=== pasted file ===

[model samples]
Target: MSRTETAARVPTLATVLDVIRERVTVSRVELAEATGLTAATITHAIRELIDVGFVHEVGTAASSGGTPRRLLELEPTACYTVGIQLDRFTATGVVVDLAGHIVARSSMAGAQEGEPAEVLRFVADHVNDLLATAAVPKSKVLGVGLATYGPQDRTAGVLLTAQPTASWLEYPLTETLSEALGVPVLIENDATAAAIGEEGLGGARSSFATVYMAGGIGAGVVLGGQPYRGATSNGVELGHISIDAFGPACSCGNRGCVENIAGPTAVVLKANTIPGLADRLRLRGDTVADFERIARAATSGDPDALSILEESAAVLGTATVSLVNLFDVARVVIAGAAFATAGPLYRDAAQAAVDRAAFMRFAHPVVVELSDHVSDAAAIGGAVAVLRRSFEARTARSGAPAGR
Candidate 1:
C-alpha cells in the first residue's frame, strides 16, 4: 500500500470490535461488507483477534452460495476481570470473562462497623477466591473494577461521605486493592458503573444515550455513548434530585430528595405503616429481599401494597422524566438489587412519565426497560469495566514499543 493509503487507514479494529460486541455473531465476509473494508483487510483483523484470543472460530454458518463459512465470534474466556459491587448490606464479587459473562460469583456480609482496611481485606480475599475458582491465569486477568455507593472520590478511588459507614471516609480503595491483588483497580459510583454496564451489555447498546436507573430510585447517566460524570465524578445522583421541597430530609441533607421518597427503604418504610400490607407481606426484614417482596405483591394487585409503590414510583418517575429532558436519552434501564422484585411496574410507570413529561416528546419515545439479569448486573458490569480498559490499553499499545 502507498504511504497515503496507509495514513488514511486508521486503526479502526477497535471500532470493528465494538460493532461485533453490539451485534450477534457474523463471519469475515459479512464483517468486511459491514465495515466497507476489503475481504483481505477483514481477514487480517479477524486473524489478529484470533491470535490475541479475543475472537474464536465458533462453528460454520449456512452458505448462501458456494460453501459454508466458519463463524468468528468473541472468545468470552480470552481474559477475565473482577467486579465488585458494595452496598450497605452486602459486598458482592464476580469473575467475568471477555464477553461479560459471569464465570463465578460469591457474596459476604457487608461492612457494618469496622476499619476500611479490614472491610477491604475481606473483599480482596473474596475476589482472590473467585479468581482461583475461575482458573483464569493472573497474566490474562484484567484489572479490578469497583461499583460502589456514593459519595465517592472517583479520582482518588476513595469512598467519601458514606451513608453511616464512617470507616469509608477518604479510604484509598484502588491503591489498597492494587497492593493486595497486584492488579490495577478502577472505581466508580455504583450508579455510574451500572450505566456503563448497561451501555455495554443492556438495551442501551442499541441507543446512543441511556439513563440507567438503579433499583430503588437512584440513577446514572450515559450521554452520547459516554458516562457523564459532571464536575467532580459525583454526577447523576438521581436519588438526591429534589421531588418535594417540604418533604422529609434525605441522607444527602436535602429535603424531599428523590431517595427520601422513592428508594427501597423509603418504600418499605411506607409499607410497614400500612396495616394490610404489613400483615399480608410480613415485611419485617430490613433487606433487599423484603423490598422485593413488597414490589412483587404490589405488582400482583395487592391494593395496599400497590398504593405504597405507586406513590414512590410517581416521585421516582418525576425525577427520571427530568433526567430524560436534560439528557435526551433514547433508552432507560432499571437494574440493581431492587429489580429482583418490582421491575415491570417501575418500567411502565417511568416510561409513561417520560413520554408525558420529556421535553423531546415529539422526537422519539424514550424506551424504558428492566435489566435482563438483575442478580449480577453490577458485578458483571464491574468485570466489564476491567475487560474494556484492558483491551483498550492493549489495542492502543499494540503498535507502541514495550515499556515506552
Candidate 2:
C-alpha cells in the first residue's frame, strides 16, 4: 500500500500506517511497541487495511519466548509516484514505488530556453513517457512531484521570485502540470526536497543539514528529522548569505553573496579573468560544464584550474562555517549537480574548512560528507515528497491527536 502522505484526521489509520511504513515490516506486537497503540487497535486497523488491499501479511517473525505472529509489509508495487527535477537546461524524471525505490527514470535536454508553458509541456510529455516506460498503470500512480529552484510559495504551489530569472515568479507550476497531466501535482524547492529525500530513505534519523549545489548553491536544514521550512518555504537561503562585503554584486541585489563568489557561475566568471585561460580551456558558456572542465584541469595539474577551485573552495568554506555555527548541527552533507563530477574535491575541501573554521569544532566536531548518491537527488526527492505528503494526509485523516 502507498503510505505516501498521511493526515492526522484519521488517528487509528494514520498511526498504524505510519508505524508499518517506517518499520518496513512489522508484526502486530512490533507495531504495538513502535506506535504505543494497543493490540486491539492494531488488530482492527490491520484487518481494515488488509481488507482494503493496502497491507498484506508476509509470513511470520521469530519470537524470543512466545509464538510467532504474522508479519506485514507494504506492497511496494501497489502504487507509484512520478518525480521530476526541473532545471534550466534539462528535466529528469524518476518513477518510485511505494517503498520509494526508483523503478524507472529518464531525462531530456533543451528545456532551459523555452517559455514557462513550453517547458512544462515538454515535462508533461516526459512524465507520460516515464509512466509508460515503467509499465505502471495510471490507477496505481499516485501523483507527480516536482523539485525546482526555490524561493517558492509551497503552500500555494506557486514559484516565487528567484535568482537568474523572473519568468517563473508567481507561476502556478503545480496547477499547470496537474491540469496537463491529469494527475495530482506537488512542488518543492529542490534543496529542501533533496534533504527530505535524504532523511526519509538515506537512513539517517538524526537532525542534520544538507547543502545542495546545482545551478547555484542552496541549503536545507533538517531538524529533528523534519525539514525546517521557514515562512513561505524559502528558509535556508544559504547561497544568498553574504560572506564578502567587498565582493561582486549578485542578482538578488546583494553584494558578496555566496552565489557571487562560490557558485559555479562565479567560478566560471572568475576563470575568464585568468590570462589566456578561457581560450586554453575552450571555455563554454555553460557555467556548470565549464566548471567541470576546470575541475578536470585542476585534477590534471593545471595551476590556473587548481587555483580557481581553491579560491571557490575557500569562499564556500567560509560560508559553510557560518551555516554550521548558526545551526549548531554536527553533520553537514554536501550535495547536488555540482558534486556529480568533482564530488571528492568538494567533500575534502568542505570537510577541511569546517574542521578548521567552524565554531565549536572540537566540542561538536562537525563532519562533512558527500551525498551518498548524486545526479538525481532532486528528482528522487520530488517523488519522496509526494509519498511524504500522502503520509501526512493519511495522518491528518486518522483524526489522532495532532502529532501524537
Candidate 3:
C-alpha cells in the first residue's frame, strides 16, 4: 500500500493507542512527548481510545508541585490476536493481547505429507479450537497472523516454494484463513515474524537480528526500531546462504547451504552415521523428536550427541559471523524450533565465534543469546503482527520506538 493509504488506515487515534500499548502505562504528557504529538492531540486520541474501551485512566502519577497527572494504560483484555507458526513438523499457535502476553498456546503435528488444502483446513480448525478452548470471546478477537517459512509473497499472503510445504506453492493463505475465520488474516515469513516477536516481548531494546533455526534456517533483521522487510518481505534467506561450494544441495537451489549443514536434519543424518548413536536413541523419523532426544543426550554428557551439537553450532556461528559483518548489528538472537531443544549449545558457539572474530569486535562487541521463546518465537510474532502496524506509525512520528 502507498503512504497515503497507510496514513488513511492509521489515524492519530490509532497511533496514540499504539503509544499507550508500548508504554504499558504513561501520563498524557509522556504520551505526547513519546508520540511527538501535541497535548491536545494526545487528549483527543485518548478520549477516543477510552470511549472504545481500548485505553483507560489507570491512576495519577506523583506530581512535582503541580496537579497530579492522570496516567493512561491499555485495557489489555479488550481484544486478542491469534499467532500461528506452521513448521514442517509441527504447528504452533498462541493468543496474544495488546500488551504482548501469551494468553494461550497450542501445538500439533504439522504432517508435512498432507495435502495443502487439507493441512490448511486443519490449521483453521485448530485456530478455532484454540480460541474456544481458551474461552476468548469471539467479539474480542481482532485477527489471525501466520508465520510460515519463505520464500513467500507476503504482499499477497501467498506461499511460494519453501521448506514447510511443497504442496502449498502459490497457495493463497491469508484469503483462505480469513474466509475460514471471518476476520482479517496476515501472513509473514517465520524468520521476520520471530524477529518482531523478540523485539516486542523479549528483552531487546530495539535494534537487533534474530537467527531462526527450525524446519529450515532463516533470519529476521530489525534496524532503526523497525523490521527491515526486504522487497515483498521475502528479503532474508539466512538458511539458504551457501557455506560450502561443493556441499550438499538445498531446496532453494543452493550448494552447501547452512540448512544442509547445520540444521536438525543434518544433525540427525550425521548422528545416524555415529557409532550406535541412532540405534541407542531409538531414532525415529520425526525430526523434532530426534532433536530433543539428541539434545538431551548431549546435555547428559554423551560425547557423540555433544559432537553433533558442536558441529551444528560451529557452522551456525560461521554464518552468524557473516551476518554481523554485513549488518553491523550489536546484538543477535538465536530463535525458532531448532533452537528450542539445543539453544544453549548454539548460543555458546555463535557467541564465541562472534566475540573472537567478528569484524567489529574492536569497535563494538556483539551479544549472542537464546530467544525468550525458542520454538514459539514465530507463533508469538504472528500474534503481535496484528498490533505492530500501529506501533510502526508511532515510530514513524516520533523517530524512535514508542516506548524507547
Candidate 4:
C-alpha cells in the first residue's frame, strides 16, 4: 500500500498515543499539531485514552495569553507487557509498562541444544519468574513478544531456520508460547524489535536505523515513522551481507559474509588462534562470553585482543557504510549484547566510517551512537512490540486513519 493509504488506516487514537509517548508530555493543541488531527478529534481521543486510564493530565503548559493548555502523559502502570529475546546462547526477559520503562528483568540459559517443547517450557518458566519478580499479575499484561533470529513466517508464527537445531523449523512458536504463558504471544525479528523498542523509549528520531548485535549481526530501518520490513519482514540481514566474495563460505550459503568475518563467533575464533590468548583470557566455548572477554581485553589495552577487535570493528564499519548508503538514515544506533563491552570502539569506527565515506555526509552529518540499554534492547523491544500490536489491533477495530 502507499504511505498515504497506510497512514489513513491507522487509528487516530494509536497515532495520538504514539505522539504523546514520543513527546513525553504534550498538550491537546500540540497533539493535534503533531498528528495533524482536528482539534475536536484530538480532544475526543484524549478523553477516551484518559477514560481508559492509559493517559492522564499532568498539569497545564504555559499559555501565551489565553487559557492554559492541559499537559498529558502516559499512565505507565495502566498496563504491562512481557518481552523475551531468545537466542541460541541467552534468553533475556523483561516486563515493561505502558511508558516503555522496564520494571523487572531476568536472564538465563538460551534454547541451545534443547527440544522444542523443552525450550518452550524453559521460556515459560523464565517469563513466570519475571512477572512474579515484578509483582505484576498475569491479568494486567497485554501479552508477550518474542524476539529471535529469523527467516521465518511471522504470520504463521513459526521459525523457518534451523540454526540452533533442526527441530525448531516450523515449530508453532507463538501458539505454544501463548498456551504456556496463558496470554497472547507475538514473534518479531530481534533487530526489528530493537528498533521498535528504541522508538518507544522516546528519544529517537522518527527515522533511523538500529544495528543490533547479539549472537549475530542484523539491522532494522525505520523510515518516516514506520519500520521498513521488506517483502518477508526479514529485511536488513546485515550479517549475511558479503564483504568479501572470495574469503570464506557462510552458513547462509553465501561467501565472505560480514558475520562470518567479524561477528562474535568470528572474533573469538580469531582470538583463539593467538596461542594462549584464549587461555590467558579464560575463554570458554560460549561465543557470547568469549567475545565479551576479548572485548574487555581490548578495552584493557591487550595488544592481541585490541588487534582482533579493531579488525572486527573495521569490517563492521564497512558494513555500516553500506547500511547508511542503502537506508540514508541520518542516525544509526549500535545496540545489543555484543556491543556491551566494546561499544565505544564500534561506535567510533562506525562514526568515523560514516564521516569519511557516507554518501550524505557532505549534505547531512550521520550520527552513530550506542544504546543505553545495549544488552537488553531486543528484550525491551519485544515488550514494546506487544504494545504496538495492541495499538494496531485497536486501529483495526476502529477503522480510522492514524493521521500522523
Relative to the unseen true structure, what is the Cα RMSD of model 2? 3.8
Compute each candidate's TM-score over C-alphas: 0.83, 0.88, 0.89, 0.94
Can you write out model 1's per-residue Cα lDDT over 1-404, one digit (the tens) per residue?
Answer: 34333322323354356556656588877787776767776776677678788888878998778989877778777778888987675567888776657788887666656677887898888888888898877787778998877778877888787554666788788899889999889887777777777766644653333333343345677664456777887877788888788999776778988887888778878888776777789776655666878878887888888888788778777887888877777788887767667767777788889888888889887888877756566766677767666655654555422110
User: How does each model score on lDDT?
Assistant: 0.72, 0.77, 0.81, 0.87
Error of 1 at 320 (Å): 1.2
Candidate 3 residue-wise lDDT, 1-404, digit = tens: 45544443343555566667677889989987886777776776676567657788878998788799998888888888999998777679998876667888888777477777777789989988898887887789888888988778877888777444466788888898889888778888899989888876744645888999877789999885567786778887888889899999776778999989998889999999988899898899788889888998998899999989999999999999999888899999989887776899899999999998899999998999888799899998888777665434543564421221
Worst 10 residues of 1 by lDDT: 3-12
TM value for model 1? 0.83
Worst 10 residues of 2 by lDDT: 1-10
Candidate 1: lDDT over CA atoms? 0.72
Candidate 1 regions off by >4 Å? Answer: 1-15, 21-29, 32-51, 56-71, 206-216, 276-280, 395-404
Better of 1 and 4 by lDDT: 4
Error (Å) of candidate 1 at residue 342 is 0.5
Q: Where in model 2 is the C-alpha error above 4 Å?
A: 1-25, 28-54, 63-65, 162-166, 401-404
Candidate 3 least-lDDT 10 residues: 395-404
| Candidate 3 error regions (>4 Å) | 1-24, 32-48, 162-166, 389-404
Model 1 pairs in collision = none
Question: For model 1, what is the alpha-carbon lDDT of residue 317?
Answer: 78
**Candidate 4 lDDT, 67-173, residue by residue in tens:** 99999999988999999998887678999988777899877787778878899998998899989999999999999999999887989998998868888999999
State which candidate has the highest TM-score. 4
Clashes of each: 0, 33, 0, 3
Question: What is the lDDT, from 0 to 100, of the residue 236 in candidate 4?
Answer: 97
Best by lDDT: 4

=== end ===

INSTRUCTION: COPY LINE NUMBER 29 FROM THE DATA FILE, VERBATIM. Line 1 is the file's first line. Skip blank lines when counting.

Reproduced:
| Candidate 3 error regions (>4 Å) | 1-24, 32-48, 162-166, 389-404